Woolworths will begin trialing automated “micro fulfilment centres” in its supermarkets in the next 12 months to help meet the growing demand for online shopping.
Three yet to be determined Woolworths sites will trial technology from a US startup that augments order picking with automation, essentially using robots to bring items to a human picker rather than them walking the isles.
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The supermarket giant has partnered with Boston-based egrocery startup Takeoff Technologies, which claims its technology reduces two major ecommerce pain points for grocery retailers – the cost of picking orders and last mile delivery.
Woolworths CEO Brad Banducci said customer expectations are changing rapidly with more people turning to online shopping and expecting a seamless experience.
“This partnership with Takeoff will allow us to deliver ultra convenience at a local level, with the ability to be even closer to the customer for that last mile delivery,” Banducci said.
Last week, Woolworths also broke ground on its “state of the art” $135 million distribution centre in Melbourne. The facility stores and delivers fresh produce and chilled products to retail stores.
But the stadium sized distribution centre isn’t designed to fulfil customers’ online orders. That happens at local supermarkets and has been a challenge for most Australian supermarkets in general because of the labour required to pick orders and the cost of delivery.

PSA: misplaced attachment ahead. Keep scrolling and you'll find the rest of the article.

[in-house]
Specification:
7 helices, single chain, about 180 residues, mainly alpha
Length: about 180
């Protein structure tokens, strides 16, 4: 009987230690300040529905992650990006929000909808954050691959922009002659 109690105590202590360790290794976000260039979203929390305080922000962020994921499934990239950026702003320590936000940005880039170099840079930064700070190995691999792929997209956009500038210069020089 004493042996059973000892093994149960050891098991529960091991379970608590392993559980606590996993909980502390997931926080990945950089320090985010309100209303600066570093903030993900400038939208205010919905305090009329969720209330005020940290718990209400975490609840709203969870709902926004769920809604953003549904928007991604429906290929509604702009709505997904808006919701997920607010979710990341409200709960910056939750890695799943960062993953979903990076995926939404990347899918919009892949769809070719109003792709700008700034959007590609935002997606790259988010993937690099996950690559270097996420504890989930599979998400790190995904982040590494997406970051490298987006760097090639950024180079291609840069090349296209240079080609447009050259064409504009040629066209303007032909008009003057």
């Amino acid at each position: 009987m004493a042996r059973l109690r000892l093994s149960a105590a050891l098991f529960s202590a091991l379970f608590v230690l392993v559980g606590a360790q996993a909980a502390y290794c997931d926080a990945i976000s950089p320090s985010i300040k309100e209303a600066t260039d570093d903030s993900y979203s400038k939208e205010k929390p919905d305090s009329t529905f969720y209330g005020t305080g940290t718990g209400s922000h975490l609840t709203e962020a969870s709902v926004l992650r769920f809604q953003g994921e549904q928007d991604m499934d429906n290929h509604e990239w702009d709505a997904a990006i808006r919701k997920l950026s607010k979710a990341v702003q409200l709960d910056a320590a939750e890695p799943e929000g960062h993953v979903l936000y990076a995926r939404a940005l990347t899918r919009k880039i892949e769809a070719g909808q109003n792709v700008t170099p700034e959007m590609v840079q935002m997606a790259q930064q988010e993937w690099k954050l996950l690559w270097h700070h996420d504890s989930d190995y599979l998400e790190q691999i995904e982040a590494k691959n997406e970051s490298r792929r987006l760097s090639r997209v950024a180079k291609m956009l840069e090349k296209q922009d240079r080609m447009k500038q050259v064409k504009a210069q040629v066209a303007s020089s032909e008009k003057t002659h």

“We see the future of online delivery as a mix of our large scale fulfilment centres in major metropolitan areas and a localised approach that leverages the strength of our national store network,” Banducci said.
“We’re excited to see how this partnership develops, helping us accelerate our customer offering with faster order picking, while also enhancing the overall shopping experience.”
How micro fulfilment works
The US startup says it has solved the two problems by consolidating stock shelves into a much smaller footprint suitable for smaller retail locations.
The robots picking the items require much less space to access items than human pickers do. For example, no aisles are required between shelves as the robots function in compact vertical spaces.
The robots fetch items based on order requests bringing items to a human picker to complete the fulfilment process. Takeoff claims the technology brings order fulfilment times down to only a few minutes.
The smaller footprints for means the micro fulfilment centres can operate alongside or within traditional retail supermarkets in urban areas where real estate is much more expensive. Woolworths says the trial may indeed include supermarkets.
According to Takeoff, the proximity to local customers reduces the other traditional pain point: last mile delivery. A local presence makes click and collect much more viable and when orders are delivered they start much closer to the customer.